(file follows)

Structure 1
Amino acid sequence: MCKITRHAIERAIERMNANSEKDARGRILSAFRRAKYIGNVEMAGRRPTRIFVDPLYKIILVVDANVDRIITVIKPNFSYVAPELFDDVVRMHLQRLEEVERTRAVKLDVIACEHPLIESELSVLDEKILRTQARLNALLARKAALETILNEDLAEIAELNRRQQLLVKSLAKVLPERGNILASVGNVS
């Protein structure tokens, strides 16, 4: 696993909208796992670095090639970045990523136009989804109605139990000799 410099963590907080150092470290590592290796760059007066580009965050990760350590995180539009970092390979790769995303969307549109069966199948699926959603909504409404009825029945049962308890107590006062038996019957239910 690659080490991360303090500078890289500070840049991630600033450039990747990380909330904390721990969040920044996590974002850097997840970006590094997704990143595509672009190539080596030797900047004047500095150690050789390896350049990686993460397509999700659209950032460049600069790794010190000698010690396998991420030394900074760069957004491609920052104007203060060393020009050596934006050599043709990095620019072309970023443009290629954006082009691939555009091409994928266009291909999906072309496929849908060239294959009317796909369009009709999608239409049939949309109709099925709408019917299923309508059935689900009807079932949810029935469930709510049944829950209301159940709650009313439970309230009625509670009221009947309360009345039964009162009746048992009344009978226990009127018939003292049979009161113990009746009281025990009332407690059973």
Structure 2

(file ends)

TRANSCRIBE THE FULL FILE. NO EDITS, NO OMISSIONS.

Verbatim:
Structure 1
Amino acid sequence: MCKITRHAIERAIERMNANSEKDARGRILSAFRRAKYIGNVEMAGRRPTRIFVDPLYKIILVVDANVDRIITVIKPNFSYVAPELFDDVVRMHLQRLEEVERTRAVKLDVIACEHPLIESELSVLDEKILRTQARLNALLARKAALETILNEDLAEIAELNRRQQLLVKSLAKVLPERGNILASVGNVS
């Protein structure tokens, strides 16, 4: 696993909208796992670095090639970045990523136009989804109605139990000799 410099963590907080150092470290590592290796760059007066580009965050990760350590995180539009970092390979790769995303969307549109069966199948699926959603909504409404009825029945049962308890107590006062038996019957239910 690659080490991360303090500078890289500070840049991630600033450039990747990380909330904390721990969040920044996590974002850097997840970006590094997704990143595509672009190539080596030797900047004047500095150690050789390896350049990686993460397509999700659209950032460049600069790794010190000698010690396998991420030394900074760069957004491609920052104007203060060393020009050596934006050599043709990095620019072309970023443009290629954006082009691939555009091409994928266009291909999906072309496929849908060239294959009317796909369009009709999608239409049939949309109709099925709408019917299923309508059935689900009807079932949810029935469930709510049944829950209301159940709650009313439970309230009625509670009221009947309360009345039964009162009746048992009344009978226990009127018939003292049979009161113990009746009281025990009332407690059973």
Structure 2